Planetarium Planned For CSM campus

College of San Mateo is looking to raise $750,000 for the Reach for the Stars campaign, created to suffice young students with hands-on science lessons.

Currently, College of San Mateo (CSM) is undergoing construction to better the science department. A new observatory, including a retractable roof, as well as a new planetarium dome will make its debut once the building is complete, which is scheduled for opening in the fall of 2006.

The campaign was thought of roughly ten years ago, when it was understood that replacement parts for the aging star projector were becoming scarcer, and are now unavailable. The cost of the replacement projector, however, is not coming cheap. Campaign coordinator Milla McConnell-Tuite explained that the projector itself is perhaps the most costly of the project.

“This is a critical piece of equipment that also has a big price tag,” McConnell-Tuite said. The campaign, which will cost an estimated $22 million dollars, with roughly half a million of that dedicated to a brand new star projector. The 34-foot dome will stretch to 40 feet, and 70 seats will jump to 100.

A portion of the campaign cost is being covered by bond measure C, which passed in 2002. The remainder of the funding comes from an ongoing fundraiser, in which individuals, families, social groups, and companies donate a certain amount of money and get their name or log engraved in a star that will line the planetarium walls.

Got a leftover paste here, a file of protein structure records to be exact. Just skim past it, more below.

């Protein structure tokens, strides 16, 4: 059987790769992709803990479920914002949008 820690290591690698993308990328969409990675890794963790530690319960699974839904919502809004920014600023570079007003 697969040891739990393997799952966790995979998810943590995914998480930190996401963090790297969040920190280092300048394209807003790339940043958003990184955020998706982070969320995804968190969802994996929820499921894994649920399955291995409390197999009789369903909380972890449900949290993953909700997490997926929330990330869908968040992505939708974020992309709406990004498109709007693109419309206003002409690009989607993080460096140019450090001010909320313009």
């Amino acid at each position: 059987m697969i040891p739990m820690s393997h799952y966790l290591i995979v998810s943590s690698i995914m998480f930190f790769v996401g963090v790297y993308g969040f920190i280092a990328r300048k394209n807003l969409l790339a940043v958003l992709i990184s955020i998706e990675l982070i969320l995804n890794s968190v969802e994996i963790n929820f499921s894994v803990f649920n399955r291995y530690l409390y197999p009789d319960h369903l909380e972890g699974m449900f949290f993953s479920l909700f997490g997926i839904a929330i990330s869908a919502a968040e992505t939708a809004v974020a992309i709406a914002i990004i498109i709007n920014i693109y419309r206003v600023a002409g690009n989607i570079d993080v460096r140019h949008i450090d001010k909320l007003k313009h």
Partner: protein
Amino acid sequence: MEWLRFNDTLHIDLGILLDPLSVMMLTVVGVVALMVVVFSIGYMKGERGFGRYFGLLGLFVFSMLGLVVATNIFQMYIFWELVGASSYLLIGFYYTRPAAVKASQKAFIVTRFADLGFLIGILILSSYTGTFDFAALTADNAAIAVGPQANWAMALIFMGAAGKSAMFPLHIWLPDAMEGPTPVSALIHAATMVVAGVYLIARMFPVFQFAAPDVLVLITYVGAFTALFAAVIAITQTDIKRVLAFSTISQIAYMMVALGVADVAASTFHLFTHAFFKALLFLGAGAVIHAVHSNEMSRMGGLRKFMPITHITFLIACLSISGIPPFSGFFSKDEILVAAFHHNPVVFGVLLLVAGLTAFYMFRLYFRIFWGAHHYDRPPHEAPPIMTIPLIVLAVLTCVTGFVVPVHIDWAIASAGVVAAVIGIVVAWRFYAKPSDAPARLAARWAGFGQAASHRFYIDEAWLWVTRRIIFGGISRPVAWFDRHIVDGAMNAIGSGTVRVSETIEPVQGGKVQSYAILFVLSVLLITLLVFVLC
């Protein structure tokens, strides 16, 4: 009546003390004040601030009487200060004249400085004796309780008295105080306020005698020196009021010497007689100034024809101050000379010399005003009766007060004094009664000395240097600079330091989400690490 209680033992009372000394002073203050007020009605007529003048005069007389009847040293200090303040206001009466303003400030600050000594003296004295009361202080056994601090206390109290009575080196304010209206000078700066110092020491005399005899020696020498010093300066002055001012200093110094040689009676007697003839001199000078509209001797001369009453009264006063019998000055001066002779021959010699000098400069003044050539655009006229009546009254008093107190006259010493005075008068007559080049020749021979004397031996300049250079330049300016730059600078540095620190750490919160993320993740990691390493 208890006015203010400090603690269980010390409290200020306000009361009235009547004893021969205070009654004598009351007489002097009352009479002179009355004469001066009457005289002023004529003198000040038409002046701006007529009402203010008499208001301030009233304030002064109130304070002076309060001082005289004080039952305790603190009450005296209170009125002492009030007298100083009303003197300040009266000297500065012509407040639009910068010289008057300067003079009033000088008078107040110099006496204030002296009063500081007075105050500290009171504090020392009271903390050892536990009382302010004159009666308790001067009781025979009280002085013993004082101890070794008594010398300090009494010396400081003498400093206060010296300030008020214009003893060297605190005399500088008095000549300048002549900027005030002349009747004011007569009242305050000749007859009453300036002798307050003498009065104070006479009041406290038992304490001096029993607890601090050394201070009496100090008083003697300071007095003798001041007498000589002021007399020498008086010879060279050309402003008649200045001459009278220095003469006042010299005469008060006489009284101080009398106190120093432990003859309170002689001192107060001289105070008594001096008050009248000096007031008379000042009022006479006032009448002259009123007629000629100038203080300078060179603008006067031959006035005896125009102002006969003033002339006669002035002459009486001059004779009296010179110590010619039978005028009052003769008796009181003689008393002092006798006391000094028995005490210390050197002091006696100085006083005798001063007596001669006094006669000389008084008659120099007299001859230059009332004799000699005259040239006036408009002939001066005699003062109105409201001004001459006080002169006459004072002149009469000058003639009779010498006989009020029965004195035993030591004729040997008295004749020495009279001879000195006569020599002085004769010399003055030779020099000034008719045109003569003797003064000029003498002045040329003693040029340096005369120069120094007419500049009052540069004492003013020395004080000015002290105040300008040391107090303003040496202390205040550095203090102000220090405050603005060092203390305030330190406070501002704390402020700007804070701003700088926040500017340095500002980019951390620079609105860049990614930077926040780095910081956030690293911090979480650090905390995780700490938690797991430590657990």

Astronomy program coordinator Moshen Janatpour, professor of physics and astronomy, and astronomy professor Darryl Stanford are both looking forward to the opening of the planetarium, not only to teach their classes better equipped, but also to share the science experience with young students across the peninsula.

“As sad as it sounds,” McConnell-Tuite said, “these star shows are some of the only science experiences a lot of these children ever get.” The planetarium as of now is booked up for star shows every Friday and most Wednesdays through the end of May. Bay Area and Peninsula students often partake in fieldtrips to Stanford’s shows. It is also open to the public every first two Fridays of the month.

“Astronomy is only a subsection of science,” Janatpour said, “what we’re doing is making science fun for young students.”